Pakpee village in the Nan District of Laos is home to the Lao Theung ethnic minority group. The village is located at the borders of Luang Prabang Province and Vientiane Province along the Mekong River. FISHBIO has been working with this village for many years to develop Fish Conservation Zones for Endangered Probarbus fish species. Because of the village’s location near mountainous areas and forest, villagers depend on nature for their food and subsistence. They work in upland rice farming areas as their primary job, and livestock raising is a secondary occupation.
People from this village don’t like to fish in deep water, especially the Mekong River near their village. Based on traditional practices from their ancestors, the villagers use wild animal hunting to harvest food in the forest instead of fishing. As part of this practice, they work with hunting dogs, known as “mapan” in Lao. The body characteristics of “mapan” differ from other dog breeds. In particular, they should have a good history from their parents regarding hunting experience. Their body is slim and not large, their ears are vertical, and they have skills to smell prey and bark when they detect wild animals. Each family in the village has at least five to six dogs, depending on their capacity to feed the dogs every day.
Our team recently interviewed Mr. Vath, a member of the village FCZ enforcement team. He has six dogs in his family and one of them is the leader named Jack. Jack is seven years old and originated from a hunting dog family. He learned from his parents while he was young and now he has been a leader of the dog team for more than three years. The dog owner said he trained Jack by notching his ear on one side every time he was not successful in hunting, when he barked without seeing any wild animals, or was lazy while hunting in the forest. From this training, Jack became a very strong team leader and sets an example to the other five dogs, which actively follow him. Other dogs receive the same training of ear notching, and unsuccessful dog hunters will be removed from the team if they don’t follow their owner’s speaking commands.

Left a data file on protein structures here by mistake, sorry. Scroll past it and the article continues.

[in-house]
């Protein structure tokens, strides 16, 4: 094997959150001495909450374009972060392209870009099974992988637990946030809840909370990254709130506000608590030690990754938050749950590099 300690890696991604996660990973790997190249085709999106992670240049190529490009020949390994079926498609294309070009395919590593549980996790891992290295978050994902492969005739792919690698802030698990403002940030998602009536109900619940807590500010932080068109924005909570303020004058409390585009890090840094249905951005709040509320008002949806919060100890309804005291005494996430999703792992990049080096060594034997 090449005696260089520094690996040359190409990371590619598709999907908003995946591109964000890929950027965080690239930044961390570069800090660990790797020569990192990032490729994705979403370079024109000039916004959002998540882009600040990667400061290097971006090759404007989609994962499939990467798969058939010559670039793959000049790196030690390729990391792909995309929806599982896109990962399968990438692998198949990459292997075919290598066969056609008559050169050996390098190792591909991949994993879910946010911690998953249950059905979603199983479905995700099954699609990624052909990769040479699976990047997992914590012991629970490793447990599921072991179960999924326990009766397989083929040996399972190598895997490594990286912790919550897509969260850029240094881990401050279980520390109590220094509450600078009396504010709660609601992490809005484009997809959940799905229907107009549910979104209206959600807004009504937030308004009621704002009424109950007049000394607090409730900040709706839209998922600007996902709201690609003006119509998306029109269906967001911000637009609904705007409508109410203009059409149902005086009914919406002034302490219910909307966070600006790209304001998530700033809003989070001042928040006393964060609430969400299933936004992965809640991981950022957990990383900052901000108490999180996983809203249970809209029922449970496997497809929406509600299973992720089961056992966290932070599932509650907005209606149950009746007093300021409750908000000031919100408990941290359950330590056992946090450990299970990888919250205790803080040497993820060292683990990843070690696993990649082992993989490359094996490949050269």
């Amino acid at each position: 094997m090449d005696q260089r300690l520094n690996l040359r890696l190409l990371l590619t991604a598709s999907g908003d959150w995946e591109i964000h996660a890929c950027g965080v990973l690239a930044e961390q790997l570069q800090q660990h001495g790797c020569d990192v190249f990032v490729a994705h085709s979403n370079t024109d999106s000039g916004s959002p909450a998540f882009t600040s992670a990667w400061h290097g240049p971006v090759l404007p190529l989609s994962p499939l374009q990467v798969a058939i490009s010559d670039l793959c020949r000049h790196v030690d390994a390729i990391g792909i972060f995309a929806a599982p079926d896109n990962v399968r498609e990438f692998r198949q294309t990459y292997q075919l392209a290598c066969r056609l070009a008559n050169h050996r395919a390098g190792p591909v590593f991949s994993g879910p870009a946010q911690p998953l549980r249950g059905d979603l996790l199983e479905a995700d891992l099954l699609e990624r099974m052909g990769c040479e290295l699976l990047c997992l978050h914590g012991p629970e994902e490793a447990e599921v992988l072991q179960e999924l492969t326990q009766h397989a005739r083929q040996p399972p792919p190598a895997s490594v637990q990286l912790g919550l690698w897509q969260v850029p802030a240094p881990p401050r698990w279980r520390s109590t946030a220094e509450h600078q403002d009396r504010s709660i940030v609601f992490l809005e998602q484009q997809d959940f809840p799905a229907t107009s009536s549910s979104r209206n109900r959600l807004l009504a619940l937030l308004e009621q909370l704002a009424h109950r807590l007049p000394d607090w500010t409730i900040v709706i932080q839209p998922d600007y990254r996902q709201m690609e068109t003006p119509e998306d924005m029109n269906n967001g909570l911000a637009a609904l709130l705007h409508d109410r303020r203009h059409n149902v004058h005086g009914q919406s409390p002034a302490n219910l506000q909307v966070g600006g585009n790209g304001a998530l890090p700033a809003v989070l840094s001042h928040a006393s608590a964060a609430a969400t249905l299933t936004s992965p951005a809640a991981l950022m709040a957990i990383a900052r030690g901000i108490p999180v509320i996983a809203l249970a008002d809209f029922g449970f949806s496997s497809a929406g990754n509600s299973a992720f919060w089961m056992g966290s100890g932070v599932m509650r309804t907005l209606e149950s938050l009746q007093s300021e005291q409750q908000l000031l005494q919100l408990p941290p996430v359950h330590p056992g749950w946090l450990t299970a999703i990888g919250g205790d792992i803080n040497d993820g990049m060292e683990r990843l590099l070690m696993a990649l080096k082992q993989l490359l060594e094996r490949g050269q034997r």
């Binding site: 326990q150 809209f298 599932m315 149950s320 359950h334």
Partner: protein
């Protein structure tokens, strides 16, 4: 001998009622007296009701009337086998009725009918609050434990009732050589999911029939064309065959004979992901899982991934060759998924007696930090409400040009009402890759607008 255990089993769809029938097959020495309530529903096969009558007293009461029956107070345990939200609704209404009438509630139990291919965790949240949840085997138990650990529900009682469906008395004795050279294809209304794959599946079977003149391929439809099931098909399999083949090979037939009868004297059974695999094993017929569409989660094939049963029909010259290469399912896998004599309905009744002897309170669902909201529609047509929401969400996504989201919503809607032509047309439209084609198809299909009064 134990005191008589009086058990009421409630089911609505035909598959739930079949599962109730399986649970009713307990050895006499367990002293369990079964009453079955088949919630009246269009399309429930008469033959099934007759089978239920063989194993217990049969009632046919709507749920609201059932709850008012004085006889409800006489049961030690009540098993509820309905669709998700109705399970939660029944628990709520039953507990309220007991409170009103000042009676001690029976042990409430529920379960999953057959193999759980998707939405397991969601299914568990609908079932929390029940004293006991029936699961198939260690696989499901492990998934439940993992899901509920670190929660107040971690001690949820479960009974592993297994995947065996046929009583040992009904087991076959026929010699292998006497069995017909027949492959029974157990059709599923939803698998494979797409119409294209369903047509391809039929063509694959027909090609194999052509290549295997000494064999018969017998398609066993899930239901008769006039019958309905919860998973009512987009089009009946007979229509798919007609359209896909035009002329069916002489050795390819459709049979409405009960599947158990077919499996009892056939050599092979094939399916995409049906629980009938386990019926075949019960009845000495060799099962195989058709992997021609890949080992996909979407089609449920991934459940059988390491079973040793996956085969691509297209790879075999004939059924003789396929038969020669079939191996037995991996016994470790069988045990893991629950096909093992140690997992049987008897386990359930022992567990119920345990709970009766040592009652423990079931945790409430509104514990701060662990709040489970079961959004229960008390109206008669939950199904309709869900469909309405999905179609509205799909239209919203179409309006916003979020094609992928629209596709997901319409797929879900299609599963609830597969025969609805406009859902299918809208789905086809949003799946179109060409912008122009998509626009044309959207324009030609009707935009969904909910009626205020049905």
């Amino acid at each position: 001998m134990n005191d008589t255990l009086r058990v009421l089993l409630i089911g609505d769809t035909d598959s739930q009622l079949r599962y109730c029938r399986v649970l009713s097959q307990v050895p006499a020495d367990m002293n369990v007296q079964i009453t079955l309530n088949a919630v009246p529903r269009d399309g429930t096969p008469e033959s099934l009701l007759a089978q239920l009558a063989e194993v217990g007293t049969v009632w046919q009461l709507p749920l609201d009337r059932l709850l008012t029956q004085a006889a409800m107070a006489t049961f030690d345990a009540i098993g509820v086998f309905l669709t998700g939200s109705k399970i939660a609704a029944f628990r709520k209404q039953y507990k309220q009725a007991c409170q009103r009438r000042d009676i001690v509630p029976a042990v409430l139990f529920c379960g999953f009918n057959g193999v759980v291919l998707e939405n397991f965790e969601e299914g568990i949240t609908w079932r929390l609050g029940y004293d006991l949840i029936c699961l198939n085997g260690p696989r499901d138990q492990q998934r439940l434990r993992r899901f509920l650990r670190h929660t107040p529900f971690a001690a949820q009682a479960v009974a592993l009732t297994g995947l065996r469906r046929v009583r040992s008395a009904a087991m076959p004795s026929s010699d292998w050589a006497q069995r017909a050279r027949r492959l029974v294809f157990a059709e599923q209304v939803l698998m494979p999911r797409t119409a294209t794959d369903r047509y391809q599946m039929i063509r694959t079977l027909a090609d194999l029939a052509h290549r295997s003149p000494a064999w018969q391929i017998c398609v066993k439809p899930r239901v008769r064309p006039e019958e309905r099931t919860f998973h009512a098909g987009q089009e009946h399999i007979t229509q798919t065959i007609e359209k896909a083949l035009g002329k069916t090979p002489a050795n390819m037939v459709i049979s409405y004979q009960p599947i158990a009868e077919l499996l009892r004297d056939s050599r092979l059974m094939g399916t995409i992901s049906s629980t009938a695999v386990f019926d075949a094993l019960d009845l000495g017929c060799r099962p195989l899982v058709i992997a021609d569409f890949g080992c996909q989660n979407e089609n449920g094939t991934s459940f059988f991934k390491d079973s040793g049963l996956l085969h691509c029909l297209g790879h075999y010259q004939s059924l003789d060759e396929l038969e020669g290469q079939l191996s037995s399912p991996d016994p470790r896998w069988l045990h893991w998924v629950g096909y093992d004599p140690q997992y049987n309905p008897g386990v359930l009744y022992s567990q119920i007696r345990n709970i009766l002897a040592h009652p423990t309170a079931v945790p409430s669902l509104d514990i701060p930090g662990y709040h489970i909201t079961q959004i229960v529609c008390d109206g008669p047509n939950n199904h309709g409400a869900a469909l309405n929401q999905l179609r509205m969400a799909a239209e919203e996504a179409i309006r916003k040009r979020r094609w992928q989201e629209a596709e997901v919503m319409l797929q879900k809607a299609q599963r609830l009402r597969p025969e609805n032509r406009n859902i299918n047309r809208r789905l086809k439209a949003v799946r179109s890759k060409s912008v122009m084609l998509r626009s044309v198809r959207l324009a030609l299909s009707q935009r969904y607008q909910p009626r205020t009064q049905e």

Mr. Vath loves his dogs and looks after them as part of his family because the dogs participate in earning food for the family. Most of the time he gets meat from hunting with these dogs in the forest. Mr. Vath said the dogs hunt by smelling to detect and follow the trails of animal footprints. If one dog sees or smells the prey, it will bark and run in that direction to tell other dogs, and the dogs will attack the prey. Mr. Vath also brings a handmade gun along with him to kill wild animals if they are large. Each year, this dog group hunts many wild animal species such as wild boar, deer, bamboo rats, squirrels, monitor lizards, porcupines, snakes, wild rats and others. After a successful hunting trip, dog owners divide raw meat among their dogs to eat as a reward. At present, wild animals have declined rapidly compared to past years. This means the villagers have faced many difficulties when hunting as well. While the government has prohibited hunting of protected wild animal species, life is continuing with traditional practices to harvest wild food to eat with the help of the hunting dogs of this village.